Barr approached Pelosi at a National Peace Officers’ Memorial Day event outside the Capitol, shook her hand and said loudly, “Madam Speaker, did you bring your handcuffs?” a bystander told NBC News.

Pelosi—whose role it is to schedule the contempt vote against Barr before the full House—remained unperturbed.

She smiled in reply and indicated that the House sergeant-at-arms was present at the ceremony, should an arrest be necessary, the bystander said. Barr chuckled and walked away.

But this is not the first time he has sneered at the situation. Barr also joked about the contempt resolution at a farewell ceremony for former Deputy Attorney General Rod Rosenstein last week.

“This must be a record, of an attorney general being proposed for contempt within 100 days of taking office,” Barr said with a smile.

Research contact: @NBCNews

Trump claims executive privilege over full Mueller report; House Judiciary votes to hold Barr in contempt

May 9, 2019

At the instigation of the Justice Department on the evening of May 7, President Donald Trump claimed executive privilege over the full Mueller report.

The maneuver represented a last-ditch effort to shield hidden portions of Special Counsel Robert Mueller’s unredacted report on Russian interference in the 2016 election, as well as the supporting evidence he collected, from Congress and the American people.

“This is to advise you that the president has asserted executive privilege over the entirety of the subpoenaed materials,” a Justice Department official, Stephen Boyd, wrote Wednesday morning, referencing not only the Mueller report but the underlying evidence that House Democrats are seeking.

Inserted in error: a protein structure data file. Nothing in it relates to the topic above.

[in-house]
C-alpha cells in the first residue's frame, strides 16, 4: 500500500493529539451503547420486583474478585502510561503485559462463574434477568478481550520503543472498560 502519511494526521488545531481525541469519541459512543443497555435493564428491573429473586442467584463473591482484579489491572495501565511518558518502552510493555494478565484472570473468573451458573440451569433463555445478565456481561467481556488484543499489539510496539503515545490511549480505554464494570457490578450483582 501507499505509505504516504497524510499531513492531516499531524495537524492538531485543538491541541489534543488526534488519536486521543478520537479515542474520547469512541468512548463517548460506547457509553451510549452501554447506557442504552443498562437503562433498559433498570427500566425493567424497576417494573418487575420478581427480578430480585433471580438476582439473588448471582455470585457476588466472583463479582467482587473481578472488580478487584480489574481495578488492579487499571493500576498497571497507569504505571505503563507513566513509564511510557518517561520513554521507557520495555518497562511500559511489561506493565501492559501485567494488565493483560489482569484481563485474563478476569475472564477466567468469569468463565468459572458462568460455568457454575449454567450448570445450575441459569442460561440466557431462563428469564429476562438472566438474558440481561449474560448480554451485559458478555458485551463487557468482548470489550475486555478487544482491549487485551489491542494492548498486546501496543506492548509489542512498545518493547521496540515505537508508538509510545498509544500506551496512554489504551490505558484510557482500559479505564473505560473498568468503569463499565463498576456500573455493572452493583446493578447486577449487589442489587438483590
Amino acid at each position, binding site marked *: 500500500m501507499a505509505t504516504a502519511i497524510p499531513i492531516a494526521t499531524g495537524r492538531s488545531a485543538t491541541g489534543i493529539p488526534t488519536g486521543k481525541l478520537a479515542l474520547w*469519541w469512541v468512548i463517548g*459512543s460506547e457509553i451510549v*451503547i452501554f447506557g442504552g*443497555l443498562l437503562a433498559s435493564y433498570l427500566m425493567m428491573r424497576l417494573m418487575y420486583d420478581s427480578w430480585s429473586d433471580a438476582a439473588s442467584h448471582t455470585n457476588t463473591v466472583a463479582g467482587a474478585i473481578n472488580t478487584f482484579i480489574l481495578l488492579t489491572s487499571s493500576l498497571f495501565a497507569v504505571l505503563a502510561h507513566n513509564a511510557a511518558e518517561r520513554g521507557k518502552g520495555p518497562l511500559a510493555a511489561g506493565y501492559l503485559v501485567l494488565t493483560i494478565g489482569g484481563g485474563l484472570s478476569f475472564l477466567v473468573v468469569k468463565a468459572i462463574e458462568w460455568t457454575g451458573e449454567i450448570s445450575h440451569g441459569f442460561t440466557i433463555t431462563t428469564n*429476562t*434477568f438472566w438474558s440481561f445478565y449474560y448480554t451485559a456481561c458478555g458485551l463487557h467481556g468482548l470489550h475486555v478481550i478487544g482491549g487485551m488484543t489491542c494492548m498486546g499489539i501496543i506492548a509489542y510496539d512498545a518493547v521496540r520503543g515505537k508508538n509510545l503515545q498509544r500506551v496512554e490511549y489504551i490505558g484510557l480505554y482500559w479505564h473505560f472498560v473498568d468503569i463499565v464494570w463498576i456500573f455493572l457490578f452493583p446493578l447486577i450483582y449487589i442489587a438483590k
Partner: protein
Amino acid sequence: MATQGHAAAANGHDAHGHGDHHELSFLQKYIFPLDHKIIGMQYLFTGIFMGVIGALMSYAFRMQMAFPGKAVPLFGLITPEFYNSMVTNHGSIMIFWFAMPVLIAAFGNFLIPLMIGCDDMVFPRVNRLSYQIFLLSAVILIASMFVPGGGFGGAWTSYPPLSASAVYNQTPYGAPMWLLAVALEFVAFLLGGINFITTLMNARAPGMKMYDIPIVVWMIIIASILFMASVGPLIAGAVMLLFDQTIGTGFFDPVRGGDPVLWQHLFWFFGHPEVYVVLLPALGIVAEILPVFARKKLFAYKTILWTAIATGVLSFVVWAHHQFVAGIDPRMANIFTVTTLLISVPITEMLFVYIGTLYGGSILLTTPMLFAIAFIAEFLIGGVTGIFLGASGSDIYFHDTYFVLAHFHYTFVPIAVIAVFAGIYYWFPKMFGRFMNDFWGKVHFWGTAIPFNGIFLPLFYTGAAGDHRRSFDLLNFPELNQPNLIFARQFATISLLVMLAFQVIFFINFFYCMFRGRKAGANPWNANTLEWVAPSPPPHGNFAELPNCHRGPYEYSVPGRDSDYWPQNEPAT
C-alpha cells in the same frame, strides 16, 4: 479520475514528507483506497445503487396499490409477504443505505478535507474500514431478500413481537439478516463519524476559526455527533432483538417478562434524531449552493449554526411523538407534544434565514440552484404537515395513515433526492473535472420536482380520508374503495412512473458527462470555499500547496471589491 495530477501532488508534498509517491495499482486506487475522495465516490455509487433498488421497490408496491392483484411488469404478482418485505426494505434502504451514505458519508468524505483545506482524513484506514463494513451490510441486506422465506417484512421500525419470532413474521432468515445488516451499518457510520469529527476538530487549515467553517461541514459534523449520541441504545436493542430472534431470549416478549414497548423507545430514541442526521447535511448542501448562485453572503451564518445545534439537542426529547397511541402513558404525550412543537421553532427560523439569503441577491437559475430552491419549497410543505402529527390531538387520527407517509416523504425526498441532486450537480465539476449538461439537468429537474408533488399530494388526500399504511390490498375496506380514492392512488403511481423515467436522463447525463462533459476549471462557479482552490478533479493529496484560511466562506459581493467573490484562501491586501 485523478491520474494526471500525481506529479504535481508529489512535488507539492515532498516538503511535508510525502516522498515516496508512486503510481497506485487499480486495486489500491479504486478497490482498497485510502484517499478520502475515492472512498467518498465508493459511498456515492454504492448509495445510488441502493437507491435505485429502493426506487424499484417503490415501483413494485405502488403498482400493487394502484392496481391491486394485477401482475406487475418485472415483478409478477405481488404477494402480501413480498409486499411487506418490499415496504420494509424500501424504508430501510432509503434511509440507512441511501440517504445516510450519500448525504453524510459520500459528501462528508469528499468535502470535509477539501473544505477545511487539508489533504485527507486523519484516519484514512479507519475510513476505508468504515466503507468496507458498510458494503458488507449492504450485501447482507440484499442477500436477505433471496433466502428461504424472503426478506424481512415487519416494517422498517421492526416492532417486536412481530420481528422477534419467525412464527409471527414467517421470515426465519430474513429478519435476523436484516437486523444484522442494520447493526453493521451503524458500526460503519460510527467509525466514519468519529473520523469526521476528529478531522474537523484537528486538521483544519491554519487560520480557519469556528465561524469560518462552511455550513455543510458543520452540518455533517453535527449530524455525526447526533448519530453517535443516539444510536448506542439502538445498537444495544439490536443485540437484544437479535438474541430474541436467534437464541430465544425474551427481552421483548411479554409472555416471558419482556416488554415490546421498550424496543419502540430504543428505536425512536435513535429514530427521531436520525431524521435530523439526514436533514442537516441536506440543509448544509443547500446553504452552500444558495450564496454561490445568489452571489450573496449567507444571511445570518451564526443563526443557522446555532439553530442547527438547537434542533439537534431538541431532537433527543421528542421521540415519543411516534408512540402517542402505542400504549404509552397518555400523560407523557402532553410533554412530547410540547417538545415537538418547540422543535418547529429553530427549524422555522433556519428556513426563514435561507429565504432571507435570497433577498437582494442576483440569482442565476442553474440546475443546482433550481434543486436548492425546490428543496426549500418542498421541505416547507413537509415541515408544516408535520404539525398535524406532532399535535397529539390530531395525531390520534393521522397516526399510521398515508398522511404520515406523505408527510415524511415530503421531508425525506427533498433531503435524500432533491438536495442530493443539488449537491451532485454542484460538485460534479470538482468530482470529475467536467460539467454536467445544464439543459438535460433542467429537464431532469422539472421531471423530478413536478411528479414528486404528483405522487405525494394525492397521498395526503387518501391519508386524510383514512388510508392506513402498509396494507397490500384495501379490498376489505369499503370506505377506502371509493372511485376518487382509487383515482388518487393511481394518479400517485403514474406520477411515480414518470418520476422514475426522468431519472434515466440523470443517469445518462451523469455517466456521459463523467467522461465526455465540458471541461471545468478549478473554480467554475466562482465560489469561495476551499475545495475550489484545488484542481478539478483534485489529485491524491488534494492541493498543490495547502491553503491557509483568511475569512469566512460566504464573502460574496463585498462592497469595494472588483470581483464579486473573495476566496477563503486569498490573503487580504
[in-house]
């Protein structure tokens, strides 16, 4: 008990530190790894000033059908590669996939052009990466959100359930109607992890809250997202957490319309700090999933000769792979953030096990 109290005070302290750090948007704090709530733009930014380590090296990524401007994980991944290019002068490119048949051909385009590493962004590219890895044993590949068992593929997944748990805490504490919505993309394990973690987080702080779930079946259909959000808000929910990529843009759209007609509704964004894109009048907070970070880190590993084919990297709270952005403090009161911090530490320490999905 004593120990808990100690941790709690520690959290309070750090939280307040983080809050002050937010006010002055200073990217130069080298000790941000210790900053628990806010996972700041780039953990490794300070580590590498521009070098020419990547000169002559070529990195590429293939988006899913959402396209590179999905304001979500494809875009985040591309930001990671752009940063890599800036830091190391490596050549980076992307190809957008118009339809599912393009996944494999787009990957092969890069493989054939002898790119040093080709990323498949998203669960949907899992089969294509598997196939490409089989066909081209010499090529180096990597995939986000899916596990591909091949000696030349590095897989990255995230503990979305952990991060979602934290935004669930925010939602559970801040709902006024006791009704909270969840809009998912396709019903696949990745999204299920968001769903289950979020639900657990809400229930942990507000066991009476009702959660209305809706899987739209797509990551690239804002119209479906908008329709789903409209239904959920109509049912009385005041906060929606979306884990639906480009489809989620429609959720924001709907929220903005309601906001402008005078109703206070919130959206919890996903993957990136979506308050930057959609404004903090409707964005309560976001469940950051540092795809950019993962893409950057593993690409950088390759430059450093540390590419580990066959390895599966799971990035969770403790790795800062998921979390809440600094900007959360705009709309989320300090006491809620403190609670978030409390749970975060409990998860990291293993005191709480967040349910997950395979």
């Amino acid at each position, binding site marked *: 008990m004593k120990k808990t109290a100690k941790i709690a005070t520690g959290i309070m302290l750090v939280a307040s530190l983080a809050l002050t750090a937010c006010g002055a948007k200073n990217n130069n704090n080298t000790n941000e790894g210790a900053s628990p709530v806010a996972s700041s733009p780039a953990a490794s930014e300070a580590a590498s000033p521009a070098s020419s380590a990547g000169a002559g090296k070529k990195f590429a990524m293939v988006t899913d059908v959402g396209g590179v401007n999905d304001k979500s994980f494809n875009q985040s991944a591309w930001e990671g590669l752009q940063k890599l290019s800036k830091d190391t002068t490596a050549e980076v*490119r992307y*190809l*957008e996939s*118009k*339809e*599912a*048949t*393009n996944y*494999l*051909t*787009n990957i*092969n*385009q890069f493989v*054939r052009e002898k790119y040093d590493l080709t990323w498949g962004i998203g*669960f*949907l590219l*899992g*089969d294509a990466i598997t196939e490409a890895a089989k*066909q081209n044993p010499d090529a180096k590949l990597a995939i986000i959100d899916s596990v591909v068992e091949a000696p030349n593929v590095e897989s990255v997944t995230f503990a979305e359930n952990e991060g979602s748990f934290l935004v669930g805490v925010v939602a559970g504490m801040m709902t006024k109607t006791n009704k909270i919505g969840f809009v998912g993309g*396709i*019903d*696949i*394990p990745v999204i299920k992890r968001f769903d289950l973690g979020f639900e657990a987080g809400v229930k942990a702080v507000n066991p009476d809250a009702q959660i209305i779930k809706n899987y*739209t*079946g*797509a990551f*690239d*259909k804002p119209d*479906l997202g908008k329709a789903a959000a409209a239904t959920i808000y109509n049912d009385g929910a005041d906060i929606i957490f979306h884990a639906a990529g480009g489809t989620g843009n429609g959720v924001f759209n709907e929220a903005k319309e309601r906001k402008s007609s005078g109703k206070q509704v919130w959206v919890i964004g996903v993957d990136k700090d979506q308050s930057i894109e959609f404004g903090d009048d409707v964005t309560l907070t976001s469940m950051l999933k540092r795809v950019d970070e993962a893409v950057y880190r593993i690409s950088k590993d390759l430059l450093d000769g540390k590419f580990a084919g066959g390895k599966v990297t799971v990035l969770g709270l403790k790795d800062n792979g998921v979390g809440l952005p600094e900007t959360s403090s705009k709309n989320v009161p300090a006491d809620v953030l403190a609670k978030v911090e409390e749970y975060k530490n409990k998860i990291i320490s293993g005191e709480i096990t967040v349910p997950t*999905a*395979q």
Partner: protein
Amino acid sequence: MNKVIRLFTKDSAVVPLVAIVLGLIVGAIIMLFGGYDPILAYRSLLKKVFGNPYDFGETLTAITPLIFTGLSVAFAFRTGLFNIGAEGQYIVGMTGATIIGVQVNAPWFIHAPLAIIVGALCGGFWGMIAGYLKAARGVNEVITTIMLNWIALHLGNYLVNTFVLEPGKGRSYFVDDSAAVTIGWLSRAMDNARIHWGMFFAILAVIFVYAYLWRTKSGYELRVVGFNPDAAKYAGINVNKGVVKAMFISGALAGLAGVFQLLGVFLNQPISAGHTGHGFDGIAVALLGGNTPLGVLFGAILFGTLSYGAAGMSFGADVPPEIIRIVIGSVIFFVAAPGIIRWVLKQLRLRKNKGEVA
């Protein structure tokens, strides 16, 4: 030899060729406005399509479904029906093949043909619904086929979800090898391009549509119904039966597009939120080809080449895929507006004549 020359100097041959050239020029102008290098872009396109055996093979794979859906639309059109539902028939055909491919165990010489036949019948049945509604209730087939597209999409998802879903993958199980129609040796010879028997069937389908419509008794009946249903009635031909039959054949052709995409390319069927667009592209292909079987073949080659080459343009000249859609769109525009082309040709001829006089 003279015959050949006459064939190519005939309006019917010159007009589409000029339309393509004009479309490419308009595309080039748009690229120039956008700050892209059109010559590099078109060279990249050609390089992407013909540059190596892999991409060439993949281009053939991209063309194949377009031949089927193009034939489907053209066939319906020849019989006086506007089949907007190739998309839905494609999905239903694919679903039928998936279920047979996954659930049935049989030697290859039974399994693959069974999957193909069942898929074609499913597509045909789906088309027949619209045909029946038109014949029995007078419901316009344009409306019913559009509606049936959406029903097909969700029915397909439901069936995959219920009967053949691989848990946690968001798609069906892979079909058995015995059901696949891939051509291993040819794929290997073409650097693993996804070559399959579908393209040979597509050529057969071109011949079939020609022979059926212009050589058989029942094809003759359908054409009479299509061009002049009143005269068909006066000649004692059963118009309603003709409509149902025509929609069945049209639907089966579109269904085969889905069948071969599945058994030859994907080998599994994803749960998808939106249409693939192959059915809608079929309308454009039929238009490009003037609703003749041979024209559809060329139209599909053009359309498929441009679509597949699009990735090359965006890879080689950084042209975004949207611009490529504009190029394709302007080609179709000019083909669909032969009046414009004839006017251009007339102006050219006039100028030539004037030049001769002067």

The assertion came as the House Judiciary Committee was set to vote on Wednesday, May 8, on whether the House of Representatives should hold Attorney General William Barr in contempt of Congress for defying a subpoena for the same materials, The New York Times reported.

In response, House Judiciary Committee Chairman Jerrold Nadler (D-New York) commented in a formal release, “Tonight, in the middle of good faith negotiations with the attorney general, the [DoJ] abruptly announced that it would instead ask President Trump to invoke executive privilege on all of the materials subject to our subpoena.

“This is, of course, not how executive privilege works,” Nadler noted. “The White House waived these privileges long ago, and the department seemed open to sharing these materials with us earlier today. The department’s legal arguments are without credibility, merit, or legal or factual basis.”